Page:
On Wednesday, April 27, a powerful storm system ripped through the South, generating tornadoes that destroyed homes and businesses. One of the hardest-hit areas was Tuscaloosa, Ala., hometown of 2L Lori Johnston.
As she sat glued to the news coverage of the devastation, Johnston knew she needed to do something. "I was upset that my town was destroyed and I wasn't there to help," she said. "Then God gave me the idea to try to make a difference instead of just sitting around being upset. That's how it started."
Rather than just send money to an organization already on the ground, Johnston felt strongly that she wanted to personally collect donations and then take them to Alabama. "I wanted to make sure that the donations I collected would benefit those in need. I didn't feel like making a donation to an organization and not knowing the outcome would be sufficient," she explained. "I also wanted to get back home to help out and check on family and friends. Taking the donations and personally delivering them seemed the best option."
Operating primarily through word-of-mouth, Johnston asked the Regent community to donate anything they thought would be helpful. After setting up a collection box in Regent Village, she received a variety of toiletries, diapers, clothing, towels, sheets, bags, toys, socks, pacifiers, suitcases, food, money, tarps and bungies for travel, and other miscellaneous items.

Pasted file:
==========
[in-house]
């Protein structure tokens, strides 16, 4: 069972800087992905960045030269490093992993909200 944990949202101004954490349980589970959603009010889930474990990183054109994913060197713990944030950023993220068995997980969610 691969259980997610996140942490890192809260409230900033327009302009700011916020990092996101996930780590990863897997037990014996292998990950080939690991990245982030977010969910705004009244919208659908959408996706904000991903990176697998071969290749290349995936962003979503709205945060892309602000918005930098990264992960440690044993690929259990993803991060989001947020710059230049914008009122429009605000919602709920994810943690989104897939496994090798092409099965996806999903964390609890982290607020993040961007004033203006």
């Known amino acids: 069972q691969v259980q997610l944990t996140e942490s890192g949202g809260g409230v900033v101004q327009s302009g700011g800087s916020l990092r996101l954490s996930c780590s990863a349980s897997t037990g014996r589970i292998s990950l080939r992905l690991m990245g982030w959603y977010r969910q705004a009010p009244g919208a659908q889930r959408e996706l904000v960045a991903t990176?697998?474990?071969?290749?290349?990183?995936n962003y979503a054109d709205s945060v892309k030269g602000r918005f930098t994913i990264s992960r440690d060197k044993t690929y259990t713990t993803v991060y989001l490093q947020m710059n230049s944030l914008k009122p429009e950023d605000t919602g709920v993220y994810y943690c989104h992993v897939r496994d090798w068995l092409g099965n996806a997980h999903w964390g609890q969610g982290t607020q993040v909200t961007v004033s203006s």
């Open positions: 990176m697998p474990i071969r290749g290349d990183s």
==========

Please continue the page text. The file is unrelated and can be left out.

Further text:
Word of her efforts spread, and Johnston received a call from Rack Room Shoes. If she was willing to take them, the chain store had 2,000 pairs of new shoes they wanted to send. "This was a huge blessing, and I appreciate their contribution so much," said Johnston. "Many people were walking around barefoot or in too-small or inadequate shoes, and their donation helped fill a great need."
A donor even gave Johnston the money she needed to rent a truck that would hold all of the donations. Finally, less than two weeks after the tornado touched down, Johnston headed home. "The devastation is unbelievable," she wrote on her blog after the trip. "You can stand on one spot, and as far as you can see on each side is rubble."
"I took some of the supplies to a donation center that is set up in the basement of my friends' home," she said, describing the setup. "The military provides tents, and they move the items to their yard during the day so the victims can come by and pick up what they need. Other supplies were taken to Soma Church [miraculously spared from the storm]. We also made a special package for a family that my daughter was friends with. They lost everything in the storm." The shoes from Rack Room were handed out at donation centers.
"I have watched Regent students reach out and help people in need overseas and locally and knew that the student body would partner with me to help Tuscaloosa," Johnston explained. "I also wanted to send a message to those back home that Regent University loved and was praying for them. I thought it may be an encouragement for them to know they are on our hearts."
- By Rachel Judy